What is Brittleness and Ductility?
All solids can be categorized as either ductile or brittle, as associated to the material’s plastic deformation when it undergoes loading. Ductility is the ability of the solid material to deform plastically under loading while Brittleness is when the material has the tendency to not deform plastically under tensile loading, but instead to fracture / break.
Brittle solids can present ductile behaviours, and ductile solids can present ductile behaviours… dependent on temperature and pressure.
- Calcite rocks such as limestone and dolostone – At shallow depths and lower temperatures may exhibit more brittle behaviours, but under higher temperatures and high confining pressures can exhibit more ductile behaviours
- Steel – while cold it is brittle, while warm it is more ductile
As modified from https://www.tulane.edu/~sanelson/eens1110/deform.htm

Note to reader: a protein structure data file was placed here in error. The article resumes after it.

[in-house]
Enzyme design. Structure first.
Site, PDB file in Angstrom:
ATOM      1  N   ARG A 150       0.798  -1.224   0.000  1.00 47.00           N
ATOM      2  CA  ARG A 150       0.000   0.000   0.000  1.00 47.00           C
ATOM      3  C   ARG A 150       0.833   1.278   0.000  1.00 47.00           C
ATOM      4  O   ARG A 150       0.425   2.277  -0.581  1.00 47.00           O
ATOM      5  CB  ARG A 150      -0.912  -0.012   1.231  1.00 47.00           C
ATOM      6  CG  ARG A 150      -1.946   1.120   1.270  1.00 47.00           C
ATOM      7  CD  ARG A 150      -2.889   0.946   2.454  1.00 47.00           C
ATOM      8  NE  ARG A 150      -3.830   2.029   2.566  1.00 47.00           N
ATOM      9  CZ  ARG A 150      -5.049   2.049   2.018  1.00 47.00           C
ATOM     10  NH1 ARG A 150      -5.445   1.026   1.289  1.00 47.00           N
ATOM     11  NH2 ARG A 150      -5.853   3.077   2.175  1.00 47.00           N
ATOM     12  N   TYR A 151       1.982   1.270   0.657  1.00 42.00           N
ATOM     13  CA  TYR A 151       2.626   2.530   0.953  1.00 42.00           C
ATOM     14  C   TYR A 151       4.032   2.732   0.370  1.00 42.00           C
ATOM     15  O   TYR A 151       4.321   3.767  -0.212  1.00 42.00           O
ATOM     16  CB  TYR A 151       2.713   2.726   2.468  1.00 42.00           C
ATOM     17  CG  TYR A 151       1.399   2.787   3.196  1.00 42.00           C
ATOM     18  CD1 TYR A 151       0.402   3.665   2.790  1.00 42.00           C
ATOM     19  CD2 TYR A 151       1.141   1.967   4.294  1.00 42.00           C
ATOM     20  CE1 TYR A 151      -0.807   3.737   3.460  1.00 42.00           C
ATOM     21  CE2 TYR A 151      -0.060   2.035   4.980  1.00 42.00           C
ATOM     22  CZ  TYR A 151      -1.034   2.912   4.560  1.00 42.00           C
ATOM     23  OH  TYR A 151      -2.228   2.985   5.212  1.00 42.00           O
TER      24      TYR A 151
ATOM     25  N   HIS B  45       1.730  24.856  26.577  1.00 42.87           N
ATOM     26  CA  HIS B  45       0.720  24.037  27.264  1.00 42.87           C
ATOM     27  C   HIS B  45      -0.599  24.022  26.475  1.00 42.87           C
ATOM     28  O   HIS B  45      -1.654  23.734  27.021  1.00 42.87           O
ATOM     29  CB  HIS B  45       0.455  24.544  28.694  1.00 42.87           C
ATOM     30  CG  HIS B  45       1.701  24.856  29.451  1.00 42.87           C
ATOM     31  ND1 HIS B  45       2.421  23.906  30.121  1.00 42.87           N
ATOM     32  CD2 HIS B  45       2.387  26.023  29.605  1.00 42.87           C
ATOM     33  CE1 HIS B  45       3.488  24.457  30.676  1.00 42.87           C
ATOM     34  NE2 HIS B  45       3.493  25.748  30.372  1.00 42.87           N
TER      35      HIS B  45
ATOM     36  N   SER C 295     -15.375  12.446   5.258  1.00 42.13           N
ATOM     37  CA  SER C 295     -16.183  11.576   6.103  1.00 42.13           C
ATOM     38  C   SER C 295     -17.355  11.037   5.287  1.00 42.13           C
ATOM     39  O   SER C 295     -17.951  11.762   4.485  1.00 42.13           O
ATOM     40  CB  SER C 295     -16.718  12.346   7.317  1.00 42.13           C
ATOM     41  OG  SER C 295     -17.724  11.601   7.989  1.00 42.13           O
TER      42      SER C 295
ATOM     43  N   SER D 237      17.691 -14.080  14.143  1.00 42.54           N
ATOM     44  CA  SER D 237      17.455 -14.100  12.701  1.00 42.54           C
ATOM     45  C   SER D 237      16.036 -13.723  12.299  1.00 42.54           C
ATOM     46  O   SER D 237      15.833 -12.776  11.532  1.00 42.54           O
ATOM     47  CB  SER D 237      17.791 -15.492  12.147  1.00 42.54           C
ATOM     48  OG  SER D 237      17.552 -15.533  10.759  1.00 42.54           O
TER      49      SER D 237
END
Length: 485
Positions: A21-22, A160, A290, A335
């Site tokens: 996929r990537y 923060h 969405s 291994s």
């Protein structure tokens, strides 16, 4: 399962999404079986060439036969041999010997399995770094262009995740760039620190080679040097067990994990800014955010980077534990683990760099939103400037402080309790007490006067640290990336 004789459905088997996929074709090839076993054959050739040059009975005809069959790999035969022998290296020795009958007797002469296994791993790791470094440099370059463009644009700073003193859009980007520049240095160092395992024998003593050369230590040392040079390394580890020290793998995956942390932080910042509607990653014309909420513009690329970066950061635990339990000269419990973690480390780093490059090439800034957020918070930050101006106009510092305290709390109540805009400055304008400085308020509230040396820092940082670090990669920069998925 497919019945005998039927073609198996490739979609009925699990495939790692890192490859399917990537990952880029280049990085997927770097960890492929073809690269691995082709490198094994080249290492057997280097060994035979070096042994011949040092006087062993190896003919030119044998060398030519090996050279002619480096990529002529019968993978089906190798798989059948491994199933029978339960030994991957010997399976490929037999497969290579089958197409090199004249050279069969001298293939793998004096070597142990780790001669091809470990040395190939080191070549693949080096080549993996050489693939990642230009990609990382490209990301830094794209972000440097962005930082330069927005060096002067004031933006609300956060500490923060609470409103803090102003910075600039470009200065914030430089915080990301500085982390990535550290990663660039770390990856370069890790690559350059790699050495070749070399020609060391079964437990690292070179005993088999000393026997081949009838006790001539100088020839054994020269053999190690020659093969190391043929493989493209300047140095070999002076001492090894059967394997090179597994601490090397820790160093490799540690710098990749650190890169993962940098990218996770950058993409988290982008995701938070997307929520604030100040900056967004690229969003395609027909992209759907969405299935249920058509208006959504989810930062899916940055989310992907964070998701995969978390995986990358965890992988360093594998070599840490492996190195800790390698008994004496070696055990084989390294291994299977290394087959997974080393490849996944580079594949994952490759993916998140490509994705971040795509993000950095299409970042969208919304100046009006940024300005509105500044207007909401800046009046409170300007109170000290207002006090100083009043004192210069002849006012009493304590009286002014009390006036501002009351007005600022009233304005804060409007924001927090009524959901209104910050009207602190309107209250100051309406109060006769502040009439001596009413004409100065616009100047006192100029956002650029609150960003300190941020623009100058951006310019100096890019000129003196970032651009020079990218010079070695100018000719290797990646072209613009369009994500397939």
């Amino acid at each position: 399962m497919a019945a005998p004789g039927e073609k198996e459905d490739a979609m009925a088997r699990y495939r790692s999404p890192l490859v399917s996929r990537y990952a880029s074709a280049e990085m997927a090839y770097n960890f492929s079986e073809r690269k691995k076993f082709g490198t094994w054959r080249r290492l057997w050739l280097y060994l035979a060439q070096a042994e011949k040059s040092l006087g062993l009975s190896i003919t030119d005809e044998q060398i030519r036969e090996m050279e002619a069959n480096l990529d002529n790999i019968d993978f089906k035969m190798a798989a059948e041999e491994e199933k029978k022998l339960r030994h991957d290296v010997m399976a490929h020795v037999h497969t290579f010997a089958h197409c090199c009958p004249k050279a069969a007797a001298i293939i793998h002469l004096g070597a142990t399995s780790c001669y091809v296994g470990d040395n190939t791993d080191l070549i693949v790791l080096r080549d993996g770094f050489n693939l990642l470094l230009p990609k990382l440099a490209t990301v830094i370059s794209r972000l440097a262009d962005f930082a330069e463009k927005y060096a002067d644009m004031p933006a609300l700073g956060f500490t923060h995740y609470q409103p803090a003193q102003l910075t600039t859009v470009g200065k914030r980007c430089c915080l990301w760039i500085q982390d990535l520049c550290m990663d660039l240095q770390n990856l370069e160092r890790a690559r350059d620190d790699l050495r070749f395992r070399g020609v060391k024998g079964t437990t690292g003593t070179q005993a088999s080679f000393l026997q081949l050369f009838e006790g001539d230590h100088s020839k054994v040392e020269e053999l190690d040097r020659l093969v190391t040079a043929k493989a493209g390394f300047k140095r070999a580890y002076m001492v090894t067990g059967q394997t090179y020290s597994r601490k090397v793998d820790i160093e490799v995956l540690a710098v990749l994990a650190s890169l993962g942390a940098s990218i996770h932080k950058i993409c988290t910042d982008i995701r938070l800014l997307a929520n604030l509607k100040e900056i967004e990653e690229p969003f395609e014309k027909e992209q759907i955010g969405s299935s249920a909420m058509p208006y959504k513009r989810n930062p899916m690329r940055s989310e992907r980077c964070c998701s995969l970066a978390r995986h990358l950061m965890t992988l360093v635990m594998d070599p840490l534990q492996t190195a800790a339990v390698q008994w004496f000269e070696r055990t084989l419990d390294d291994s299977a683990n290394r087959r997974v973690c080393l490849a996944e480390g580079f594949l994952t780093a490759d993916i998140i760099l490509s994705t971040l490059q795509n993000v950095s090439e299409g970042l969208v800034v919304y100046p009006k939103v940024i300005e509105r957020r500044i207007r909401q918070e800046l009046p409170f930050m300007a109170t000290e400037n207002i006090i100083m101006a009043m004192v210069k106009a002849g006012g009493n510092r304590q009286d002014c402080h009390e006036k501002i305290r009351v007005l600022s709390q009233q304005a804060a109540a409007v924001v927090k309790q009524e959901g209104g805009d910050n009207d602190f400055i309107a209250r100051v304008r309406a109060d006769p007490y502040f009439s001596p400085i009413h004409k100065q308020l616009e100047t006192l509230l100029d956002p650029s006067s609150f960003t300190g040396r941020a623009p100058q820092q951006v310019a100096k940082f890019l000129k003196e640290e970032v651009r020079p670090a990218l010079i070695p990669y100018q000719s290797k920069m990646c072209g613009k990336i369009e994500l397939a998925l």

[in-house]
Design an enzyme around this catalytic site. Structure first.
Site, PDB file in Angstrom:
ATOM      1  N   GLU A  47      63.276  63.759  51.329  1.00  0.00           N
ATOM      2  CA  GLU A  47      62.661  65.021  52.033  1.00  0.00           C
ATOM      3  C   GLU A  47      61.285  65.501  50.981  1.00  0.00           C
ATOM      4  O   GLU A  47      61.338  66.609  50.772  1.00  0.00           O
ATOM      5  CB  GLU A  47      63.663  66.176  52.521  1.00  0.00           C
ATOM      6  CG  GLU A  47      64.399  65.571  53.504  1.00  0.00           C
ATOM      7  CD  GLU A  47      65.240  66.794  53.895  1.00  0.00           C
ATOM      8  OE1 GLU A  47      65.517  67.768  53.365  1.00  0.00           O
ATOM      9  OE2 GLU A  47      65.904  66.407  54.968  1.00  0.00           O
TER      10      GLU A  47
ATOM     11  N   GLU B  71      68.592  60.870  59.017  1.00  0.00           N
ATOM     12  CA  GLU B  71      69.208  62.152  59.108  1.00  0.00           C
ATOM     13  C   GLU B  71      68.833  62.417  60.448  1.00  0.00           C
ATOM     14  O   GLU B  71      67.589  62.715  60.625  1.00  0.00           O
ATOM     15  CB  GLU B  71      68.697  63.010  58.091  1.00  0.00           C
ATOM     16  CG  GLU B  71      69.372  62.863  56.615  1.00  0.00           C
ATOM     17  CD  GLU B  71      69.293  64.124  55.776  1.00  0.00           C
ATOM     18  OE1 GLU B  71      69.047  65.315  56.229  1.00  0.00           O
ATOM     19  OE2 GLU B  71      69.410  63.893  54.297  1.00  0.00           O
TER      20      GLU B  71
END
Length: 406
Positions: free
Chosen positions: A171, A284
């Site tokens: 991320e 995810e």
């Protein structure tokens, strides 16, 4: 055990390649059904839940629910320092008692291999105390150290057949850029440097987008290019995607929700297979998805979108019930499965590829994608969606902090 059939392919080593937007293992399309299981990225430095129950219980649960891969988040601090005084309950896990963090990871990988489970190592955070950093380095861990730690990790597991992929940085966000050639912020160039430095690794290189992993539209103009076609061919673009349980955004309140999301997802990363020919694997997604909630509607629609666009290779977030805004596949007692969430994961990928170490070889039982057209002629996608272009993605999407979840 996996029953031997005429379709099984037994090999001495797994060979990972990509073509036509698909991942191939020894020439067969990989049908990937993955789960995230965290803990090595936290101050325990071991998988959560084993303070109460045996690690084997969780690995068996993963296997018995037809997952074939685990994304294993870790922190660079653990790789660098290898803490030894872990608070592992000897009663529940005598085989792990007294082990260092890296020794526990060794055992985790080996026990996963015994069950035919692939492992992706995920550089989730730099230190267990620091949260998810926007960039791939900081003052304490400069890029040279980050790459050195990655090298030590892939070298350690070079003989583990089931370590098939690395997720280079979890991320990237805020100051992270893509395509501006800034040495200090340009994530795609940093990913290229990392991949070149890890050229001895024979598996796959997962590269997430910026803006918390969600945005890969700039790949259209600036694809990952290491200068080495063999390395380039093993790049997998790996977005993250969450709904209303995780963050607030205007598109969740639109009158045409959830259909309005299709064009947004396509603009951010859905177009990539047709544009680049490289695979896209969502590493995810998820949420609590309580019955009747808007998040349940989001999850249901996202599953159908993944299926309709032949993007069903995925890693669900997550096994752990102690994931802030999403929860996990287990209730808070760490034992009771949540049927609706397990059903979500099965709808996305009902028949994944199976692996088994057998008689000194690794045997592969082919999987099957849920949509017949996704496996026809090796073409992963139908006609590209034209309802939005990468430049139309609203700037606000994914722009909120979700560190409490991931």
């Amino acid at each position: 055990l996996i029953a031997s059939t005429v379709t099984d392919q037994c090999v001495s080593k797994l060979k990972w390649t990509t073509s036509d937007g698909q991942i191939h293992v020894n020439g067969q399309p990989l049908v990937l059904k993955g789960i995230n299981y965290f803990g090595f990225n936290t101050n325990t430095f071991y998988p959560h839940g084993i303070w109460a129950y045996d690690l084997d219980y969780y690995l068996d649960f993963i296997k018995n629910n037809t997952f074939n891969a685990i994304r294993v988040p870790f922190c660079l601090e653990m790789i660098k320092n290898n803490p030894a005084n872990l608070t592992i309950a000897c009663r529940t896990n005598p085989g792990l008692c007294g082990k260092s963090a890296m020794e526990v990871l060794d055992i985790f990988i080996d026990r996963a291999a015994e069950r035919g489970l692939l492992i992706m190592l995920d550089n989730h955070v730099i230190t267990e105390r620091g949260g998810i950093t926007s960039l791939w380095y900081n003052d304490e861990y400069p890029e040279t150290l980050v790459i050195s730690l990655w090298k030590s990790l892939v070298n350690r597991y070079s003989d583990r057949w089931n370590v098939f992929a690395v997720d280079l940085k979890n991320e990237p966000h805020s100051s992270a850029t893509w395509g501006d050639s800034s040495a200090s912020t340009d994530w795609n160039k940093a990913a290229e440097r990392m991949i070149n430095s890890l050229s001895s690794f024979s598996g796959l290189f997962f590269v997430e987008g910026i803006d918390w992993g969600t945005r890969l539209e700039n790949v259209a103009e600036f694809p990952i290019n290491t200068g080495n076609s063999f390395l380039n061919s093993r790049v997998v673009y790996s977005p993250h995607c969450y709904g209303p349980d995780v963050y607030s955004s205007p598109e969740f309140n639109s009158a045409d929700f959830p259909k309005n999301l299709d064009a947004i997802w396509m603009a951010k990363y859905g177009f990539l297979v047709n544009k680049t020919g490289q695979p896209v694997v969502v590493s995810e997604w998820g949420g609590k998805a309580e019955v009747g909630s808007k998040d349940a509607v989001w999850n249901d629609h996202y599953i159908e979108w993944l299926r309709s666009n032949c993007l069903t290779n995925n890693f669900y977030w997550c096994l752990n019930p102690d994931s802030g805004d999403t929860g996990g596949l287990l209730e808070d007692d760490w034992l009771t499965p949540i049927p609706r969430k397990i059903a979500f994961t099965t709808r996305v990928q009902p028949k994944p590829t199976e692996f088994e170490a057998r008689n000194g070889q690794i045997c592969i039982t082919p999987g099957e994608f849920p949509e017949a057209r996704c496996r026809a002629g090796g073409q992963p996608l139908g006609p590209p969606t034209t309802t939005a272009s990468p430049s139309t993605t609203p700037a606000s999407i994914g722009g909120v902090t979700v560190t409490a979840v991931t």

- Rocks with high quartz / silica content
- Cast iron, glass, concrete
- Rocks with high clay content
- Mild steel, tin, aluminum
One should also consider the difference between plastic deformation and elastic deformation of ductile materials. Plastic deformation will not remain in the deformed state (there may be some elastic rebound), while elastic deformation will go back to / close to the original state. Rocks such as marble and salt formations will behave elastically.
Also, in the case of fracturing of formations for oil and gas production, the ability of the formation to compress over and close in spite of the presence of proppant (proppant imbedment) should be considered.